Two years ago, in the spring of the NHL’s most recent full season, this space was used to point out that the Minnesota Wild, clinging to postseason hopes, were a team that couldn’t shoot straight. It was, it goes without saying, a groundbreaking piece of analysis from a finely tuned hockey mind.

Caught up in the drama and minutia of several 82-game seasons, how many of us could possibly have noticed that Minnesota hadn’t iced a big-time NHL scorer since Marian Gaborik ran away to the big city?

You’re welcome.

That 2019 Wild team didn’t make the playoffs, of course, but playoff hockey returns to Minnesota on Sunday when the third-seeded Wild play the second-seeded Vegas Golden Knights in a 2 p.m. puck drop in Las Vegas. Minnesota hasn’t won a first-round playoff series since 2015, which actually feels much longer ago because until this year, the Wild had made the postseason only two more times and when they got there, barely fired a shot — straight or otherwise.

Why expect this year to be any different?

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That 2019 Wild team was the NHL’s third-worst shooting team, a combined 8.4 percent. This season, the Wild were the league’s second-best shooting team, tied with Washington at 11.4 percent behind Pittsburgh’s 11.5. Two years ago, Matt Dumba (12.9) and Zach Parise (12.23) were the Wild’s best shooters; this year’s team has eight players with at least 40 shots who are shooting better.

Among them is rookie winger Kirill Kaprisov, the kind of player we haven’t seen since Gaborik, on pace for 40 goals and about 76 points in an 82-game season. Second on the team with 157 shots, Kaprizov has scored on 17.2 percent of them.

Gaborik finished the 2002-03 regular season 30-35—65 in 81 games, but he was even better in the postseason with nine goals and eight assists in 18 games as the Wild upset Colorado and Vancouver in the first two rounds before getting shut down in a four-game sweep by goaltender J-S Giguere and the Anaheim (Mighty) Ducks.

That now-legendary run — not just a surprise, but the Wild’s only deep playoff run in 20 seasons — tends to be associated with the veterans who joined the expansion franchise and played postseason: Andrew Brunette, Wes Walz, Darby Hendrickson. But it was Gaborik who led the team in postseason scoring.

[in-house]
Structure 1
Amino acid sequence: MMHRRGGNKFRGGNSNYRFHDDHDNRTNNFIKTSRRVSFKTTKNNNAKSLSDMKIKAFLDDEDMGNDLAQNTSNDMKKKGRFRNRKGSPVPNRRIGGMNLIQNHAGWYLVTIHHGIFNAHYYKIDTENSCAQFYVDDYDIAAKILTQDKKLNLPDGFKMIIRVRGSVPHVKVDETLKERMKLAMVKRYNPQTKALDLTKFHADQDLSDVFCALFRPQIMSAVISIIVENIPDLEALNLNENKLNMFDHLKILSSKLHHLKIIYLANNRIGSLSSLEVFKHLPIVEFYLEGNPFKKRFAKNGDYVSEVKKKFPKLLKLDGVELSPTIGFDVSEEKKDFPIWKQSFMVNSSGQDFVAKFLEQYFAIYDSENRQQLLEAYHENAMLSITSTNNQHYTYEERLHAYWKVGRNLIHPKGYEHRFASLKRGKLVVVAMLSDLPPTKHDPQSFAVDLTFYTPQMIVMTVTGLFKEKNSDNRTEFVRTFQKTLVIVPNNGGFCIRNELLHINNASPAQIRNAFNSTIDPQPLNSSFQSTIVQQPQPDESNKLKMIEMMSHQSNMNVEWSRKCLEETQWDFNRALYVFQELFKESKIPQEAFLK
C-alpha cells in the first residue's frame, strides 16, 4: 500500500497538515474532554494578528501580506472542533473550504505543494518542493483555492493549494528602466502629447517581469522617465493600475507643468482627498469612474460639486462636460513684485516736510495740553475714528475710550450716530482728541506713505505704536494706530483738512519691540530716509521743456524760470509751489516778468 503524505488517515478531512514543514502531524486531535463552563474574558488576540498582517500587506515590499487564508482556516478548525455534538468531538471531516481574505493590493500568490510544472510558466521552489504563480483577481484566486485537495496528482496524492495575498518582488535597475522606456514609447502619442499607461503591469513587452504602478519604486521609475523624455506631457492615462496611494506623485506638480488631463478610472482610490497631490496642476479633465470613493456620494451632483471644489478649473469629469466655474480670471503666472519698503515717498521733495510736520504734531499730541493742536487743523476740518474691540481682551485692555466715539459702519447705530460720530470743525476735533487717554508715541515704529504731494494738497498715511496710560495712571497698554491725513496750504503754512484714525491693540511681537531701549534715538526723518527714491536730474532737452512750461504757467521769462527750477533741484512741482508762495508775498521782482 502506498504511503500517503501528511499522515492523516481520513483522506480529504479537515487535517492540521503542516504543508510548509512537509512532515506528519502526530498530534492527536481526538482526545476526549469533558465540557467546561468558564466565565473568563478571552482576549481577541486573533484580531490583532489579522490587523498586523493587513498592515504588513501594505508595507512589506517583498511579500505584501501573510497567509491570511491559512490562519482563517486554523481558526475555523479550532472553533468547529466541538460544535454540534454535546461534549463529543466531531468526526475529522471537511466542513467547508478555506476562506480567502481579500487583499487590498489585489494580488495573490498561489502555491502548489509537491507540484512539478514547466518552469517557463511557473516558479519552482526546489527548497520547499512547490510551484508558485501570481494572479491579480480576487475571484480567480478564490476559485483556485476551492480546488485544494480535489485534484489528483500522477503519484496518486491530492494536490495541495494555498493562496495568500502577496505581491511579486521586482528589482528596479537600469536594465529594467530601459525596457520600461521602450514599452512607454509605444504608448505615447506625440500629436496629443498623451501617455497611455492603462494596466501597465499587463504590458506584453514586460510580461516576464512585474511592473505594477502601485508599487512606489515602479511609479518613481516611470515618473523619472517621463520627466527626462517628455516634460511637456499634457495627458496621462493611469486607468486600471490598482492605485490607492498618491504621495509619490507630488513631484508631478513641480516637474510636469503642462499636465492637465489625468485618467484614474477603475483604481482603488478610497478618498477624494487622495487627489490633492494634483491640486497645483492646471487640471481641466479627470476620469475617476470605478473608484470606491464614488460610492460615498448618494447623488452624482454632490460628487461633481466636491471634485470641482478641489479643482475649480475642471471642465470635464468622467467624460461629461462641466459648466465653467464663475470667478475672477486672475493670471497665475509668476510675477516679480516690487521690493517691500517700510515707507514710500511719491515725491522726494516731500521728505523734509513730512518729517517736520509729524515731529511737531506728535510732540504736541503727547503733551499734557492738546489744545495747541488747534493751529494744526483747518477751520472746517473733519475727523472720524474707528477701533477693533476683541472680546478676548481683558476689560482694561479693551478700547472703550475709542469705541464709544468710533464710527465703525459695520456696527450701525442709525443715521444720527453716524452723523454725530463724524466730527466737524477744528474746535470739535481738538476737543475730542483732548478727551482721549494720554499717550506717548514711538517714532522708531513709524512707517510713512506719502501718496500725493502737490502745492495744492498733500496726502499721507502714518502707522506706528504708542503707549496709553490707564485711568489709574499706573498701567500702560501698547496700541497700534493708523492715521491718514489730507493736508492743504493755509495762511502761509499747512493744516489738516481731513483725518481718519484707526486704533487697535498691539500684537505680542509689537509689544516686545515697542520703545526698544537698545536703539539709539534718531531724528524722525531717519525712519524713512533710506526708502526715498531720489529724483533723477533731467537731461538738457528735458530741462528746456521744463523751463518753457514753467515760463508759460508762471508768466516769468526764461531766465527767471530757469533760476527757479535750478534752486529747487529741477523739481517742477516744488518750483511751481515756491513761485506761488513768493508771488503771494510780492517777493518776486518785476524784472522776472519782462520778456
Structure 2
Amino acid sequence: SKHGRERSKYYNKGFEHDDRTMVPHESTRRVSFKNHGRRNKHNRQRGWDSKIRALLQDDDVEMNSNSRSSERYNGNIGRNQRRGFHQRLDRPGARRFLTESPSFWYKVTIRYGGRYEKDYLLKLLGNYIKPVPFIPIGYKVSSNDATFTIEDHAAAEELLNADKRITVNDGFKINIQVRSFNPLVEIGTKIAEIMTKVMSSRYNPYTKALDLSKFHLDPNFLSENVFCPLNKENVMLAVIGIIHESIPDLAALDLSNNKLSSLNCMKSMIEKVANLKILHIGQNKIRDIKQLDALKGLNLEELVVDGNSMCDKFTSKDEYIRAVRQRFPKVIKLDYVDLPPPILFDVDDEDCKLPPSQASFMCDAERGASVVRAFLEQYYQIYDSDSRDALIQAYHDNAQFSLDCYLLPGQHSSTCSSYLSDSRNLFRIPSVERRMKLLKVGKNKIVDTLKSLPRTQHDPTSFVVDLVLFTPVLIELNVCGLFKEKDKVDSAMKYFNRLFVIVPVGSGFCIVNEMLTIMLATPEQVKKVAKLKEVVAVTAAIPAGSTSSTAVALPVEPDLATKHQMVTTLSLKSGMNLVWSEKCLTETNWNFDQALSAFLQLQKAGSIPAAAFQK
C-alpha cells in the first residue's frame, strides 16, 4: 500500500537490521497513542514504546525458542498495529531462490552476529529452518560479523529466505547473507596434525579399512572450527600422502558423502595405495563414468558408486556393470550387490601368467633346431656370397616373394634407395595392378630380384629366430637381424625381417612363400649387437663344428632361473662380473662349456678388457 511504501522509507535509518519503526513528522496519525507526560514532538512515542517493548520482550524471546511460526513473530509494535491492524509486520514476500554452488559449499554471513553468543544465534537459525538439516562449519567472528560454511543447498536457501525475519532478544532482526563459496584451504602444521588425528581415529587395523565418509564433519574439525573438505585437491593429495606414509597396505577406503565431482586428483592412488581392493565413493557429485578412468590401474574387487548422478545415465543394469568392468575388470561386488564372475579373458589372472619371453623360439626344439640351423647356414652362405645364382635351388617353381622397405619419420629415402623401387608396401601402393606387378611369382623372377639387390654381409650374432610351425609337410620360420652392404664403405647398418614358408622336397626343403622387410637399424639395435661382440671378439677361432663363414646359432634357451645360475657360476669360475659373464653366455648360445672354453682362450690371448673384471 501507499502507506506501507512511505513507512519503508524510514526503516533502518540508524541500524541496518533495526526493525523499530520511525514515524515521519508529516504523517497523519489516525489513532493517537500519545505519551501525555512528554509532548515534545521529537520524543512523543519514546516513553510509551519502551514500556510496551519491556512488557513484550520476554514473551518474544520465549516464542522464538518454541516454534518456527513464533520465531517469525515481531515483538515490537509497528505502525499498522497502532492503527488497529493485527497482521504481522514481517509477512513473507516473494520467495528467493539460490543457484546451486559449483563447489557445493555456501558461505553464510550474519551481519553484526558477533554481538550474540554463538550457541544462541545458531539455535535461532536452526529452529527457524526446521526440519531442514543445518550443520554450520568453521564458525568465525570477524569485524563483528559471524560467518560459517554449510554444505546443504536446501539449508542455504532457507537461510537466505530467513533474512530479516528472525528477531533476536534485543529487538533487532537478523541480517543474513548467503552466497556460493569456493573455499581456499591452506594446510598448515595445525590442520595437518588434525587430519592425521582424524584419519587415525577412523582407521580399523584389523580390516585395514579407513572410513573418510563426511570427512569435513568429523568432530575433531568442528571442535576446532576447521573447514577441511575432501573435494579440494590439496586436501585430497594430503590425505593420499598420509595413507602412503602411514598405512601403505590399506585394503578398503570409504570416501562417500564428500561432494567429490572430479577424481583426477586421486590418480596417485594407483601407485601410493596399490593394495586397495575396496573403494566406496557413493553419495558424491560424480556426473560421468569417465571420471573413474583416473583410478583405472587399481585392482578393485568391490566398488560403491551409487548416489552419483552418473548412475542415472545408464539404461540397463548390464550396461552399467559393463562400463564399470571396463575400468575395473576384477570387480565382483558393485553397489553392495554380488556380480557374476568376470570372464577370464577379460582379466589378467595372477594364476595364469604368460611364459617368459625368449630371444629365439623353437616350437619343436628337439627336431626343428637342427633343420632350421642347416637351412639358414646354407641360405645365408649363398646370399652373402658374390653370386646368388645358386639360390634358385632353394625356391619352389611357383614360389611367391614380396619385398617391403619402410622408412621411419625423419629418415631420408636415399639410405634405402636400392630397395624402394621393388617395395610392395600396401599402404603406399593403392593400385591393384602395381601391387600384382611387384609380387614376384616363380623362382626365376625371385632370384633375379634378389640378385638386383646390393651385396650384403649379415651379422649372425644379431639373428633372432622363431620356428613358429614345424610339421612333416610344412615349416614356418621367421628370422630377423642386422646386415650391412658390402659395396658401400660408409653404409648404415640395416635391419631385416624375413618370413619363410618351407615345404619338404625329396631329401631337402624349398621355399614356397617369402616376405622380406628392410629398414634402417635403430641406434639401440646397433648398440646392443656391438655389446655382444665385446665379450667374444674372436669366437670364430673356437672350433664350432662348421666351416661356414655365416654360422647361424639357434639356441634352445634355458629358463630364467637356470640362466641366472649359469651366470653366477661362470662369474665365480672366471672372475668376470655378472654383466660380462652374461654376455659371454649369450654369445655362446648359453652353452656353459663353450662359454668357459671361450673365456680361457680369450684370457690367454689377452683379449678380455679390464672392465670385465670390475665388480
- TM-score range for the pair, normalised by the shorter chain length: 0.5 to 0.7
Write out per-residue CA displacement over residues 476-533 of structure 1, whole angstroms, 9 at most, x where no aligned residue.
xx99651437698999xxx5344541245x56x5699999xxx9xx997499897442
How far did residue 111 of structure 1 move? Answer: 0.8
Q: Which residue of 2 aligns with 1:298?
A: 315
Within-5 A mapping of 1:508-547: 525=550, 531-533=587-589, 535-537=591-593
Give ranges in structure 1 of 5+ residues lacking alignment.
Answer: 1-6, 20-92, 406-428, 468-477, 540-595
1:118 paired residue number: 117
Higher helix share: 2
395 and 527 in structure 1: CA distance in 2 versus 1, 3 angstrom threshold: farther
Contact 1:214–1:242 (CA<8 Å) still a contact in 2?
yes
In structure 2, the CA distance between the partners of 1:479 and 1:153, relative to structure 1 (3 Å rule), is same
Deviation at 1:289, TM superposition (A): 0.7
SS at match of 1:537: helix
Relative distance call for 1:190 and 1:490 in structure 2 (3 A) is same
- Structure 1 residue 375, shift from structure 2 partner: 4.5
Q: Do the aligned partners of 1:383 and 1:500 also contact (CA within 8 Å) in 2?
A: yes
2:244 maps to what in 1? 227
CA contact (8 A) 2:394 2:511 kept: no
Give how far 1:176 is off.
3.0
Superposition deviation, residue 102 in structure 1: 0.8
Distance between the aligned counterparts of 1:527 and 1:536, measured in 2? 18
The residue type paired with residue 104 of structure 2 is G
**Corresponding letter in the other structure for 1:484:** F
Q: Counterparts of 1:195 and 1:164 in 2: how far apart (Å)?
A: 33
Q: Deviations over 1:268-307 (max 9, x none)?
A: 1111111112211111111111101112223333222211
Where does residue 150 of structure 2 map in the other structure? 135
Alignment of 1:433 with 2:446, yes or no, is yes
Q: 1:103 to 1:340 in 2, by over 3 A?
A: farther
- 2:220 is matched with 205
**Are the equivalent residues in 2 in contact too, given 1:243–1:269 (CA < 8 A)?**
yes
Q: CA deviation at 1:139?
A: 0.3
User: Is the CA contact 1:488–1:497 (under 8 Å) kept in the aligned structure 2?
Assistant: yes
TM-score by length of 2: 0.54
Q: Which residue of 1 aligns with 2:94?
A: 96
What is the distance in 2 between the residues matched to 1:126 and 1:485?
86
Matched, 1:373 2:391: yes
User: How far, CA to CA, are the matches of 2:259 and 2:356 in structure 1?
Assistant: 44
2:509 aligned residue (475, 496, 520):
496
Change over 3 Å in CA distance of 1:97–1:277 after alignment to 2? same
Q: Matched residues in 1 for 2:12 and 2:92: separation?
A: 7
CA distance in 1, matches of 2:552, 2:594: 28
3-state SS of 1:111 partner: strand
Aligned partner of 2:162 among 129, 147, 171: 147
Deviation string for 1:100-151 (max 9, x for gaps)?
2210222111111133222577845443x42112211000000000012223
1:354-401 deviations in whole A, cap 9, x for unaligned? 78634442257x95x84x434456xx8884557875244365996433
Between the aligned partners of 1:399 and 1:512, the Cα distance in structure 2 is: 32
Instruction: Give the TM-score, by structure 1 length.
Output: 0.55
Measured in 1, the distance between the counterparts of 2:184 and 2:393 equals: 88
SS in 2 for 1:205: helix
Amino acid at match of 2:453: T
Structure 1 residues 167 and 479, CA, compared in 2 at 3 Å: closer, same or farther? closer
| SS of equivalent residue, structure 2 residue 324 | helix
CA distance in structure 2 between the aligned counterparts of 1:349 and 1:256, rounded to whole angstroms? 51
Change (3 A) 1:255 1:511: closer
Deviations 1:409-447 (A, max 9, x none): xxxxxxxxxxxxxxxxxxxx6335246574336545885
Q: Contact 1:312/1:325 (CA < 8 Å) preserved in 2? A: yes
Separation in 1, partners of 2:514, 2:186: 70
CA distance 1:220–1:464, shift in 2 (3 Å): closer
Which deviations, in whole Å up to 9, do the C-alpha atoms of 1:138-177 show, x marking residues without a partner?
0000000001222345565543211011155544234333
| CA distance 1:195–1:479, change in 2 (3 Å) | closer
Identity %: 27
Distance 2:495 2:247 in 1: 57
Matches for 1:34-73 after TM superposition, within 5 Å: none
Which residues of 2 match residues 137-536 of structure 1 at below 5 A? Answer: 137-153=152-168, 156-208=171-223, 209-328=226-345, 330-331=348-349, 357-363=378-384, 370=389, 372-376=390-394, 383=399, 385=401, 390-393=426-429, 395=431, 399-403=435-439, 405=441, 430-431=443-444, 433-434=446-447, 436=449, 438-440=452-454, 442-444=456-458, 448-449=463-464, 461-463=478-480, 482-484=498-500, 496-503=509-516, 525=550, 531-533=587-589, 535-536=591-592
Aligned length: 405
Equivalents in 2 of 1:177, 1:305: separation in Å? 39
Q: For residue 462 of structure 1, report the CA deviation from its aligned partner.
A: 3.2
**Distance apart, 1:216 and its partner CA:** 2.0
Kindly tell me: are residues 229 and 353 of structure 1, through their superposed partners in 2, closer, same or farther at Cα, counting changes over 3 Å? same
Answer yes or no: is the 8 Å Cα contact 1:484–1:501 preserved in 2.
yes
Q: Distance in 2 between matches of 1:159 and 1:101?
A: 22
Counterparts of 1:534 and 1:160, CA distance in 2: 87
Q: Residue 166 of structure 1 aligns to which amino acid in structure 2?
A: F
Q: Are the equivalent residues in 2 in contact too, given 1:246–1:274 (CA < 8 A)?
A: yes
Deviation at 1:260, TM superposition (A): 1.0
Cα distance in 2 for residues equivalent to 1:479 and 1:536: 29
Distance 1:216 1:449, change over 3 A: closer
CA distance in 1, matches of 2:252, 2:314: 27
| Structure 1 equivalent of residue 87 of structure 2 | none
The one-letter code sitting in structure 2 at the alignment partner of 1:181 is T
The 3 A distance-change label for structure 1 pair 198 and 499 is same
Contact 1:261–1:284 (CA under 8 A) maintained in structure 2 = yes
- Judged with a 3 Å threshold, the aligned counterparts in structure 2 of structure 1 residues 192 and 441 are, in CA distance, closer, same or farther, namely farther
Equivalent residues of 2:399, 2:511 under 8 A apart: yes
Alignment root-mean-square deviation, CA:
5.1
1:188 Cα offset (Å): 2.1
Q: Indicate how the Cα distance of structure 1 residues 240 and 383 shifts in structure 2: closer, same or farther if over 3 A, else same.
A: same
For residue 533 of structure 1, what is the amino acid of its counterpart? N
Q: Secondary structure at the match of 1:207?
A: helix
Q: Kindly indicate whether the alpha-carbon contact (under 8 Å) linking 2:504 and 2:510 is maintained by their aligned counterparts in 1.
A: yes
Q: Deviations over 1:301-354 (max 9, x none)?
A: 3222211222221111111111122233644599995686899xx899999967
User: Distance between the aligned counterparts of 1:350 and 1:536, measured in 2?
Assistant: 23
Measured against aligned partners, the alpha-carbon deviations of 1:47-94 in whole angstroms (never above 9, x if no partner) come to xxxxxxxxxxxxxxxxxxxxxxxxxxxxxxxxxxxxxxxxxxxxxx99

In Kaprizov, the Wild finally have a guy who can take over a series. Maybe not quite as fast as Gaborik was in his prime, he is better with his stick and a more imaginative scorer.

No one would blame the skeptical. Since making their unexpected run to the Western Conference Final in 2003, the Wild have won three — three! — second-round playoff games. In their past two postseason appearances, they won two — two! — first-round games. So expecting it to be different, even in an anomaly of a season as this 56-game campaign, isn’t wise.

Still, it feels different. The Wild didn’t have to sweat out a playoff spot late, and with early postseason play confined to division opponents they drew their best matchup when Colorado slipped ahead of Vegas in the regular-season finale. Minnesota was 5-1-2 against the Golden Knights this season, and is 11-2-3 against the 2018 Western Conference champions.

More important, the Wild are finally a different team than the one the franchise brass kept insisting was a Stanley Cup contender. Ryan Suter and Zach Parise remain, but it appears Parise will be the odd wing out. And while Joel Erikkson Ek and Jordan Greenway were always part of the plan, gone are Mikael Granlund, Charlie Coyle, Nino Niederreiter and, most conspicuously, Mikko Koivu, who came to exemplify the Wild’s collective personality as a defensively responsible team that would win with greasy goals.

None of this means a thing if the Wild don’t play well, of course, but at least it feels different this season.